Sibling Rivalry

The ZR1 is the undisputed king of the Corvette lineup, but now you can order a Z06 with many of its go-fast goodies. Question is, how much do the Z07 and CFZ option packages cut into the ZR1 speed advantage?

December 17, 2010

Also from Issue 63

  • Katech-tuned C6 Z06
  • Best Corvettes for $12K
  • 1957 Roadster
  • 800-bhp C5 Convertible
  • Tech: LS Strengthening
  • 1967 Coupe
  • Driver Training
  • 1969 Coupe
  • Race Report: Petit Le Mans
  • How-To: Radiator Removal
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Photo Dito Milian
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It wasn’t that long ago that the Z06 was the alpha male of the Corvette wolfpack, a position that it had held for nearly a decade. From 2001 to 2009, it was the fastest and most expensive Corvette on offer. The ZR1 changed all that, launching the Corvette into six-figure and six-hundred horsepower orbit. The mighty Z06 was suddenly on the second rung.

One thing that hasn’t changed about the Z06 is its high bang-for-the-buck quotient. With a 505-horsepower engine, a race-ready chassis and a 198-mph top speed, the $74,305 Z06 offers more performance per dollar than any sports car available—ZR1 included. Despite this, Z06 sales have flagged since that supercharged Corvette debuted. Despite its lofty $112,050 price tag, the ZR1 outsells the Z06 nearly two to one. Surprised? We were, too.

In an effort to spur Z06 sales and allow customers to close the performance gap between the Z06 and ZR1, Chevrolet now offers the Z07 Performance Package. This $9,495 option includes four chassis upgrades from the ZR1, including that model’s Brembo carbon-ceramic brakes, 19- and 20-inch wheels, Michelin Pilot Sport PS2 tires (285/30ZR19 front, 335/25ZR20 rear) and Magnetic Ride Control shock absorbers.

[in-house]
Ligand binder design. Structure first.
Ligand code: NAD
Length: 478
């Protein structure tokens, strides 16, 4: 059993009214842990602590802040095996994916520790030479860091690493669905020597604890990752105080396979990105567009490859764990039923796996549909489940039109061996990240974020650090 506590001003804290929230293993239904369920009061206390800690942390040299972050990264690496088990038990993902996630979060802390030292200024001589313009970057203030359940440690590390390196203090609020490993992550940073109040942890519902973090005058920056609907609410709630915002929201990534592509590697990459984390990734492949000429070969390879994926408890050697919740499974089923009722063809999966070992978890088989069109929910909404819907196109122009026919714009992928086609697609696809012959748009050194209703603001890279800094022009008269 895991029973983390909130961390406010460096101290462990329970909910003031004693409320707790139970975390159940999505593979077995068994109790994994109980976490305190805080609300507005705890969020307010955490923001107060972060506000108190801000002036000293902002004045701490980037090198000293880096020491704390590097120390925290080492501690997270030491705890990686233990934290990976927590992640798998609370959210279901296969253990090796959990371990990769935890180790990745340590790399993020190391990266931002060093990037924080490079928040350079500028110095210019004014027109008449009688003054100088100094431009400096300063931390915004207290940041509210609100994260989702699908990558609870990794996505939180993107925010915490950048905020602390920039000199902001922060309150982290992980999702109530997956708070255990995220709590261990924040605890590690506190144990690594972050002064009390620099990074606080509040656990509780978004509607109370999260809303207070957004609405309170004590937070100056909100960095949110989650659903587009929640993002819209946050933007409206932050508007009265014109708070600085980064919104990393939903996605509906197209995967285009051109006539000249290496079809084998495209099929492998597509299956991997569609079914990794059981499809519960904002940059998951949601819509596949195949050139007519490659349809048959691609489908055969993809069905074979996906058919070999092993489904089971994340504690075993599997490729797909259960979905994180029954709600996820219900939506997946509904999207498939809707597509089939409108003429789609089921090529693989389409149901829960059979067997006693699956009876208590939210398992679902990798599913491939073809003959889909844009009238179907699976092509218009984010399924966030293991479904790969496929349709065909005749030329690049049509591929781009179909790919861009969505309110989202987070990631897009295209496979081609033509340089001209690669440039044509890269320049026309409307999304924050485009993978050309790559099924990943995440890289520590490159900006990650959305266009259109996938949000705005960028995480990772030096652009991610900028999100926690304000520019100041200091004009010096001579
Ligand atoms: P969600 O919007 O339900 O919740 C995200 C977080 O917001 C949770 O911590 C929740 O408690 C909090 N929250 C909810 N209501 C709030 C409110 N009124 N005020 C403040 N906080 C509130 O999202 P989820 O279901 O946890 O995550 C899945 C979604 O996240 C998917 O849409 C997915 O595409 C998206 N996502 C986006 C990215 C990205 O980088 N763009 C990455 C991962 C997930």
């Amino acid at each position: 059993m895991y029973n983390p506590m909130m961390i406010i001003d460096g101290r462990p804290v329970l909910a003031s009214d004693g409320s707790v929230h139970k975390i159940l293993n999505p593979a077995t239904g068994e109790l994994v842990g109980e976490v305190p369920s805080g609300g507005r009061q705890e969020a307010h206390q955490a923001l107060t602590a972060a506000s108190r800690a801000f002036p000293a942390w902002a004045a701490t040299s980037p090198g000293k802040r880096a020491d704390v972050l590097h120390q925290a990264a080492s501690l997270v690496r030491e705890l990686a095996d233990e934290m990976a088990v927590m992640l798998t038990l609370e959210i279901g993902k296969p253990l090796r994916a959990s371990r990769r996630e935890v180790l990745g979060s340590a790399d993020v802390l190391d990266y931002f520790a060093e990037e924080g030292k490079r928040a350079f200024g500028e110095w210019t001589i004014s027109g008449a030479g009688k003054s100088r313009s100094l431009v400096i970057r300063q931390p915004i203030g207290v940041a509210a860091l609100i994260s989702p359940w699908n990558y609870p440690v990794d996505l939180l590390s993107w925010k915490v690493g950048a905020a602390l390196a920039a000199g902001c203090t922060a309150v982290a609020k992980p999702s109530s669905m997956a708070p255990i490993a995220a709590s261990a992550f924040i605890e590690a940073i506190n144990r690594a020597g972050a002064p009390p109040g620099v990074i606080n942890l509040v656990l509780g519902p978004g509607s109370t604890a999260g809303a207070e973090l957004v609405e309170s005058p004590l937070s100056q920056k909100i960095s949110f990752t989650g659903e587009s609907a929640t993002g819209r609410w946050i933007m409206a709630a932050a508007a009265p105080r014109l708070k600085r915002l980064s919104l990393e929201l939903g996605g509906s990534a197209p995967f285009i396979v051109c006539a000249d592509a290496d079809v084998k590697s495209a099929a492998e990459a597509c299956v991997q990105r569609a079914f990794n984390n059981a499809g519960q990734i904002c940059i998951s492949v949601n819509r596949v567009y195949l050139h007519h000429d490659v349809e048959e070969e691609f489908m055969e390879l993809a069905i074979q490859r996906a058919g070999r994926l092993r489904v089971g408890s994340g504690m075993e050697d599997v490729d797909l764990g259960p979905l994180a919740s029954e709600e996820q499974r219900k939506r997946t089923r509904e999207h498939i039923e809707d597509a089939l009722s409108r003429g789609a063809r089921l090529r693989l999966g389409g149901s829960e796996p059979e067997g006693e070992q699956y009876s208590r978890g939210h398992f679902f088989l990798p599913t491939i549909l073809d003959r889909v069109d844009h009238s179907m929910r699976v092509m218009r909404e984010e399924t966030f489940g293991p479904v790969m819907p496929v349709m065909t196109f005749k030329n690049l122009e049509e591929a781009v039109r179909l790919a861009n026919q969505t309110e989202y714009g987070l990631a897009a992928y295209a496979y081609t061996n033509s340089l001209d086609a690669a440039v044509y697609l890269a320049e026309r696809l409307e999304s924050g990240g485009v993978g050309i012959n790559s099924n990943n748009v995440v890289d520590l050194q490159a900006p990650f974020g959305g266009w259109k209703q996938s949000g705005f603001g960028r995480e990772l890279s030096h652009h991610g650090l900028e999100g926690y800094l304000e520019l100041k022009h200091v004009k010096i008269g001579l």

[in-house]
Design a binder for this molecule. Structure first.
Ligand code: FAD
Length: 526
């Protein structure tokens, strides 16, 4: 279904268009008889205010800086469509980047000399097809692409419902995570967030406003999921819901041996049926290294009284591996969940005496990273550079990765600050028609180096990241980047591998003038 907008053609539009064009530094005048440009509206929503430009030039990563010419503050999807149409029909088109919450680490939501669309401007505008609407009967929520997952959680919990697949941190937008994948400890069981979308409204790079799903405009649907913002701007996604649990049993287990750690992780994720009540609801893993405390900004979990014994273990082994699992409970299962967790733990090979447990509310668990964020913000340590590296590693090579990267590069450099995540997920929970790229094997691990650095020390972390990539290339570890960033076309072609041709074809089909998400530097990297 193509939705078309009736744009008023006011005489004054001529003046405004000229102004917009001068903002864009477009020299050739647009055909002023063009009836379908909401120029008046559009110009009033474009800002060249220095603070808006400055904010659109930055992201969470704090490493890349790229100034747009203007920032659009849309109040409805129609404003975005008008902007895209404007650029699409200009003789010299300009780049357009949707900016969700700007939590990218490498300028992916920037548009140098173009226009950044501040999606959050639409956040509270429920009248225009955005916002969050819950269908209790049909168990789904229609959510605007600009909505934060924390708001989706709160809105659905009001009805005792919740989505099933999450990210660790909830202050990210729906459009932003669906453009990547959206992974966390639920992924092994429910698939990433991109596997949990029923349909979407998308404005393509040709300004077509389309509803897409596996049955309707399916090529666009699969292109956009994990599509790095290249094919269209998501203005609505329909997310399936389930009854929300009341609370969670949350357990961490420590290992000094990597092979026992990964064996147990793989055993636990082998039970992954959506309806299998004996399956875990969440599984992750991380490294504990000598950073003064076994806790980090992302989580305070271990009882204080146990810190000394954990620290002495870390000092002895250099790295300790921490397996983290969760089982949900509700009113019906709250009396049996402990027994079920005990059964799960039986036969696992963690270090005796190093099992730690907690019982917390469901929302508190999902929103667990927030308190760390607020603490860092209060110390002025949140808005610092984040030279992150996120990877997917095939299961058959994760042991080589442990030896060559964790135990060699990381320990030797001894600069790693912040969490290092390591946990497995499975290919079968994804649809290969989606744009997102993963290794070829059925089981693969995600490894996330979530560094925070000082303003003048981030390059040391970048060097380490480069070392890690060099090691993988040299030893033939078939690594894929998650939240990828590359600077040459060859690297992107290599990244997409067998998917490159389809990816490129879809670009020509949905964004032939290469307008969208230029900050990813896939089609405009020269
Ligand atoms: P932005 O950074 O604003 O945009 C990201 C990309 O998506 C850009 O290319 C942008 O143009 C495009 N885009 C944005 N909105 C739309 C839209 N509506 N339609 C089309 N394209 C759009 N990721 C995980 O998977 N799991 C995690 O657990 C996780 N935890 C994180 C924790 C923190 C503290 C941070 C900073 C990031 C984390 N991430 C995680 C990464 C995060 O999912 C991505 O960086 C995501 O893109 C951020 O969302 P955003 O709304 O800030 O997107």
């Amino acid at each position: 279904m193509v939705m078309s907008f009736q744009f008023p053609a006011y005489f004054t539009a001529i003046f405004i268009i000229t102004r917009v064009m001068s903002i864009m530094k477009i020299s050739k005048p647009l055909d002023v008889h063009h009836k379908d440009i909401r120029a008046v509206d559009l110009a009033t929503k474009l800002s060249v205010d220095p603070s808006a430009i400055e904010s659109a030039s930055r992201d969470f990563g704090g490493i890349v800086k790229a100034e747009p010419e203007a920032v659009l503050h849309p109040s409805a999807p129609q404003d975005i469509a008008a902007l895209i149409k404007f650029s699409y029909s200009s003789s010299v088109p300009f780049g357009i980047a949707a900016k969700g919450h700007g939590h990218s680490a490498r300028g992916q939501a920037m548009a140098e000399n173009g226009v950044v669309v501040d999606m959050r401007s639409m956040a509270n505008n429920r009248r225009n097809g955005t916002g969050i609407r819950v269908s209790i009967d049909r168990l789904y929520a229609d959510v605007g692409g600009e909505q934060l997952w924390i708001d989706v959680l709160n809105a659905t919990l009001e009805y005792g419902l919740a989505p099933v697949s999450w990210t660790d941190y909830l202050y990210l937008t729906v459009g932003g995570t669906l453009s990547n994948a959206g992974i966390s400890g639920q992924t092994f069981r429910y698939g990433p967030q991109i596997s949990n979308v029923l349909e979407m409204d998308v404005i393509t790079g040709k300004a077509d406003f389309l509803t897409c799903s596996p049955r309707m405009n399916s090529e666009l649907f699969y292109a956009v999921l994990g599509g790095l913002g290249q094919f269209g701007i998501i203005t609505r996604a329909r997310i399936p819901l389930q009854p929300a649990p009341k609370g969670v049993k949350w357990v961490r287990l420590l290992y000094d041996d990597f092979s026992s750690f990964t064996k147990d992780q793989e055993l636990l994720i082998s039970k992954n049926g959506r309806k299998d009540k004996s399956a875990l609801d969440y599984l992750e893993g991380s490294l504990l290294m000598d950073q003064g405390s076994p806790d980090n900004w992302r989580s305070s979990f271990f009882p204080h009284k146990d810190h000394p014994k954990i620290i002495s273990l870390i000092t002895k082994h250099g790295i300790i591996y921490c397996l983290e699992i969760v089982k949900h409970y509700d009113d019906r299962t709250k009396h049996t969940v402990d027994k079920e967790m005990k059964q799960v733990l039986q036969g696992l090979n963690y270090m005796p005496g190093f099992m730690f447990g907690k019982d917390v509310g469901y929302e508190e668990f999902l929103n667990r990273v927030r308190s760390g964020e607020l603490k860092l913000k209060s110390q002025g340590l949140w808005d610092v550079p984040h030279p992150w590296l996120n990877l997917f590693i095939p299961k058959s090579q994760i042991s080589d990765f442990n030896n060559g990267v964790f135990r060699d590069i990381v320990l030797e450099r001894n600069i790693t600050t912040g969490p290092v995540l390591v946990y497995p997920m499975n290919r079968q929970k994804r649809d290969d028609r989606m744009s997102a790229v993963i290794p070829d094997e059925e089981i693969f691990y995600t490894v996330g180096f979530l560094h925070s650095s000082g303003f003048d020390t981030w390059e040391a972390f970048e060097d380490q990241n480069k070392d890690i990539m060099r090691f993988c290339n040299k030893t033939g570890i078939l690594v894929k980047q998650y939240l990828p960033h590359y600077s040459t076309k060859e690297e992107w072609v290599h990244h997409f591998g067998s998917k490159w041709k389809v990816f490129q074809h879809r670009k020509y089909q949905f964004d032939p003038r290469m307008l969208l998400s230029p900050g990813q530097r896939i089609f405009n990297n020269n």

To close the appearance gap, as well as to improve the Z06’s aerodynamics, Chevrolet offers the $3,995 CFZ Carbon Fiber Package, which equips the Z06 with the ZR1’s carbon-fiber front splitter, rocker panels and roof (all painted black, as opposed to clear-coated on the ZR1), and also its full-width body-color rear spoiler. Combine these two packages, and you ostensibly have an LS7-powered ZR1 with a price tag that is $22K short of the 638-horsepower real deal.

You also get a car with 158 fewer pounds to propel—3,175 pounds versus 3,333. Because the ZR1’s extra mass is centered over the front axle, its weight distribution is a less than ideal 51/49 percent front/rear; a Z07/CFZ-equipped Z06 comes in right at 50/50. This trait should appeal to track-day afficionados, something Chevrolet had in mind when it decided to offer these packages.

Less money, less weight—this unique Corvette obviously has a lot going for it. Still, we wondered just how much performance the Z06 gains with the additions of these option groups. Objectively speaking, there is only one way to find out: perform a track test, which is exactly what we set out to do. Having secured a 2011 Z07/CFZ-equipped Z06 from the press fleet during the week of a Hooked On Driving track day at Thunderhill Raceway Park, we started trolling for a ZR1. Thanks to Hooked On Driving’s head honcho David Ray, we found a ZR1 owner who was already planning to bring his car out to the Willows, California circuit for the one-day event in November. A track-day regular and an experienced vintage racer—he raced a ’54 Corvette for years—Richard Ravel needed little convincing. True to form, his only proviso was that we leave him with enough track time. No sweat, Richard!

With its Supersonic Blue Metallic exterior paint, Competition Gray 20-spoke wheels, dark gray brake calipers and black roof panel, our Z06 test car was a model of visual restraint. Make no mistake, the model’s aggressive stance, ultra-wide tires and race-ready front spoiler make its sporting intent clear. Let’s just say it makes this statement a bit more gently than a brightly colored Z06, which we find intriguing. It was easily the best-looking C6 that has graced our office parking lot.

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